Why Hispanics Don’t Vote for Republicans

Heather Mac Donald, National Review, November 7, 2012

The call for Republicans to discard their opposition to immigration amnesty will grow deafening in the wake of President Obama’s victory. Hispanics supported Obama by a margin of nearly 75 percent to 25 percent, and may have provided important margins in some swing states. {snip}

{snip} It is not immigration policy that creates the strong bond between Hispanics and the Democratic Party, but the core Democratic principles of a more generous safety net, strong government intervention in the economy, and progressive taxation. Hispanics will prove to be even more decisive in the victory of Governor Jerry Brown’s Proposition 30, which raised upper-income taxes and the sales tax, than in the Obama election.

And California is the wave of the future. A March 2011 poll by Moore Information found that Republican economic policies were a stronger turn-off for Hispanic voters in California than Republican positions on illegal immigration. Twenty-nine percent of Hispanic voters were suspicious of the Republican party on class-warfare grounds—“it favors only the rich”; “Republicans are selfish and out for themselves”; “Republicans don’t represent the average person”—compared with 7 percent who objected to Republican immigration stances.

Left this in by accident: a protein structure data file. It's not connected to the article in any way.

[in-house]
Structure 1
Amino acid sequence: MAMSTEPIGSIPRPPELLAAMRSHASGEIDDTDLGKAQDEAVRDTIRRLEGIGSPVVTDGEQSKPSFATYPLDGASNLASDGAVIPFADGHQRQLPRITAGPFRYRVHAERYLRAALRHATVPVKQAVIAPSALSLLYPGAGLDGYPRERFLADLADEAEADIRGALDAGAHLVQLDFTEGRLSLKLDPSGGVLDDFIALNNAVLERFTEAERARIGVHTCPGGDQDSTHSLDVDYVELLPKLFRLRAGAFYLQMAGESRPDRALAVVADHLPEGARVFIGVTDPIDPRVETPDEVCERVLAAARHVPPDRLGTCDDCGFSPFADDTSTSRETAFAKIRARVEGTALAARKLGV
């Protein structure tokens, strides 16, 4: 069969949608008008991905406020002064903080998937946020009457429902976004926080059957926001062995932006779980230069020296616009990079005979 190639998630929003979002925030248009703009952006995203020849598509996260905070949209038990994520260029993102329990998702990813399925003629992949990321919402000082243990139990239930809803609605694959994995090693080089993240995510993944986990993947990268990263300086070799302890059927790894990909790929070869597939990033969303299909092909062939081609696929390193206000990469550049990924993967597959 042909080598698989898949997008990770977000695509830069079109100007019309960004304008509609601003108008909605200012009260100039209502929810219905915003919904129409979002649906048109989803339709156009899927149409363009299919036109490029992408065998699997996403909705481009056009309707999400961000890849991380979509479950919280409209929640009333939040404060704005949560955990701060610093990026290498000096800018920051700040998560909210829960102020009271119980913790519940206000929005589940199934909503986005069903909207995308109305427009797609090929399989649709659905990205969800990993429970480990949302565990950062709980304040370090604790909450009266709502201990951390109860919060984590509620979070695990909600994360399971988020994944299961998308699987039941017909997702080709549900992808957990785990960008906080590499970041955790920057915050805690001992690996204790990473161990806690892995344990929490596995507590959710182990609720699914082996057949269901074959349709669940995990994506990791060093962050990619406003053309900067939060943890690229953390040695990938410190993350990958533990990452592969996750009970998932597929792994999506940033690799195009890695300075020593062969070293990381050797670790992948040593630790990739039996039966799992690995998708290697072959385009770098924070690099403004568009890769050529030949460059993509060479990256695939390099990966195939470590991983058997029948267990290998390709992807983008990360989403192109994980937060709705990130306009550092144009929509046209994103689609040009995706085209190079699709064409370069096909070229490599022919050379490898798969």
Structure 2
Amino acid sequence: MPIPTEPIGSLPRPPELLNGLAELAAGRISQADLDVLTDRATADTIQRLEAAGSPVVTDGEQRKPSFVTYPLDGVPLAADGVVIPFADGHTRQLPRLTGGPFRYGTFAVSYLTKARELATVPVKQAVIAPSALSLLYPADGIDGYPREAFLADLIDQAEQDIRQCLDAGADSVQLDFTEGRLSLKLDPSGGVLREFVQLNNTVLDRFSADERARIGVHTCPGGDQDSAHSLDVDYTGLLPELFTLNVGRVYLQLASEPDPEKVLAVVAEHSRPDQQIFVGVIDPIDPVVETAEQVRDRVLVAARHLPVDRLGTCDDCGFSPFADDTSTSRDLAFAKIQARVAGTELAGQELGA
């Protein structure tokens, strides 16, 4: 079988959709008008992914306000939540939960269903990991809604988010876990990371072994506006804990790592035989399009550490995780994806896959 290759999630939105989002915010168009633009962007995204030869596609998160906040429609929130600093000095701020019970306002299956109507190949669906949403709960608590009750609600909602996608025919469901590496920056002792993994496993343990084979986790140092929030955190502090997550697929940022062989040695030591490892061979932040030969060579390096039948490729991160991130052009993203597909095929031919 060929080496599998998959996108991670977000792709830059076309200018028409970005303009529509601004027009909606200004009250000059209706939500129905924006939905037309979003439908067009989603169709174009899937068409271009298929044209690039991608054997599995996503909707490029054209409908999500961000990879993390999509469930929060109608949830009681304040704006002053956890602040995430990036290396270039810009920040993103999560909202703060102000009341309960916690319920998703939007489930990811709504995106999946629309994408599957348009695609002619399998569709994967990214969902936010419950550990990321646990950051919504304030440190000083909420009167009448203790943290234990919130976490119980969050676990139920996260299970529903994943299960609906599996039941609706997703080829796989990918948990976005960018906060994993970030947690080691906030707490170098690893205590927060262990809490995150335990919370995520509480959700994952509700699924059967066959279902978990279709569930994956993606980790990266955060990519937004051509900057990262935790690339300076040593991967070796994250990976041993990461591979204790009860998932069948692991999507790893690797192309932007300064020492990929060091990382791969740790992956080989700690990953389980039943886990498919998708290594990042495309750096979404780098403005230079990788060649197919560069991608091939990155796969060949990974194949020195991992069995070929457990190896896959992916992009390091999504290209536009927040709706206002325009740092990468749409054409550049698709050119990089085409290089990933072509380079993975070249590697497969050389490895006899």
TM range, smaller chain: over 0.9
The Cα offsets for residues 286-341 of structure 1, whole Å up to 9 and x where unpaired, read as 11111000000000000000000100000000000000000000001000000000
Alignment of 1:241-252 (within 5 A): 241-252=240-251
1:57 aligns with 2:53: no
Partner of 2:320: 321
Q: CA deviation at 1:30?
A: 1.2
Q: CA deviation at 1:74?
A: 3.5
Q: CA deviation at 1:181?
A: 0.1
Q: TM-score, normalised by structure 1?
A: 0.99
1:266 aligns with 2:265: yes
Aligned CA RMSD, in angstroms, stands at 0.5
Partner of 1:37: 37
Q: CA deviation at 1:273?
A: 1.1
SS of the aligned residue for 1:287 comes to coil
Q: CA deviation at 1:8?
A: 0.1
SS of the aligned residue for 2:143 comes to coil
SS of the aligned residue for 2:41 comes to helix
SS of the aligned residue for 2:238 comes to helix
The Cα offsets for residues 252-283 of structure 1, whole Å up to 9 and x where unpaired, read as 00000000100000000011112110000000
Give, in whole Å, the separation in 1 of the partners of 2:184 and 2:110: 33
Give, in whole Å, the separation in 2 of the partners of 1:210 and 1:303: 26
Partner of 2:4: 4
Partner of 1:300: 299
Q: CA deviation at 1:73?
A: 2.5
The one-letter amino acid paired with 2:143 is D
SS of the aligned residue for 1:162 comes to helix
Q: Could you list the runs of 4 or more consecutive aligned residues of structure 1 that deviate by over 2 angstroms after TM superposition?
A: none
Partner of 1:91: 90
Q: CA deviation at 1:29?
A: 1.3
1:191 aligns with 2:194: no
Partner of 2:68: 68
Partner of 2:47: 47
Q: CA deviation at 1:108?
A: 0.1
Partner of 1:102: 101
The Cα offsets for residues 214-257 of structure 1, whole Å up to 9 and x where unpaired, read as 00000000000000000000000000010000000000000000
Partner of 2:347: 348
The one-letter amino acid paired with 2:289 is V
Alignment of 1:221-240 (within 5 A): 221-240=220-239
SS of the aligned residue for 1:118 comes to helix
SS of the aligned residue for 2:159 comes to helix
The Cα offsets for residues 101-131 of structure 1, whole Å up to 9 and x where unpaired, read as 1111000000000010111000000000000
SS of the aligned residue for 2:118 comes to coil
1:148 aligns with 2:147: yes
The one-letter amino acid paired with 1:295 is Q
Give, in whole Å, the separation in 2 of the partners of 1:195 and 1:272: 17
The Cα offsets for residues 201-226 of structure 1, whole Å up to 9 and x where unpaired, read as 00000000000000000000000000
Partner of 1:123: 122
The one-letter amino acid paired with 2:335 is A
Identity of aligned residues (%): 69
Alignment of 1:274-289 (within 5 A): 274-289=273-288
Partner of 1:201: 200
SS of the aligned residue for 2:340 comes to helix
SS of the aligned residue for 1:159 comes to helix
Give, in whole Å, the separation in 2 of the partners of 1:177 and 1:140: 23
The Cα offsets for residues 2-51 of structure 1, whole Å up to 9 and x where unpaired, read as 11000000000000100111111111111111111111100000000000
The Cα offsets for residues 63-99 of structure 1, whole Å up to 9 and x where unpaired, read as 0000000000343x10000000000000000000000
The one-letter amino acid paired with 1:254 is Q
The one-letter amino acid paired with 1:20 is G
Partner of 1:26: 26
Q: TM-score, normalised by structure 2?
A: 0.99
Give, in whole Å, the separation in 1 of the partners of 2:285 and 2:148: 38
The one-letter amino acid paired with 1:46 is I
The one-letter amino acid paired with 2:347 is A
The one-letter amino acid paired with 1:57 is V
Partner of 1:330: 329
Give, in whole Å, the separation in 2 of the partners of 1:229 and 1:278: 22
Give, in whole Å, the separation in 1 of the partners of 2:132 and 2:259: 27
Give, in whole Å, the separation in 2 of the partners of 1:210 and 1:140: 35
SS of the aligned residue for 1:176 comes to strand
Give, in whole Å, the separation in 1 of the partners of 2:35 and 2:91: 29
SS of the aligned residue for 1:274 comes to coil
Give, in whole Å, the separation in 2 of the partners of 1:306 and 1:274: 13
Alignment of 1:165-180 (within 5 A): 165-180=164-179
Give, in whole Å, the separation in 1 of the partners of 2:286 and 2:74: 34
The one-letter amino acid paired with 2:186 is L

{snip}

And a strong reason for that support for big government is that so many Hispanics use government programs. U.S.-born Hispanic households in California use welfare programs at twice the rate of native-born non-Hispanic households. And that is because nearly one-quarter of all Hispanics are poor in California, compared to a little over one-tenth of non-Hispanics. {snip}

The idea of the “social issues” Hispanic voter is also a mirage. A majority of Hispanics now support gay marriage, a Pew Research Center poll from last month found. The Hispanic out-of-wedlock birth rate is 53 percent, about twice that of whites.

The demographic changes set into motion by official and de facto immigration policy favoring low-skilled over high-skilled immigrants mean that a Republican party that purports to stand for small government and free markets faces an uncertain future.

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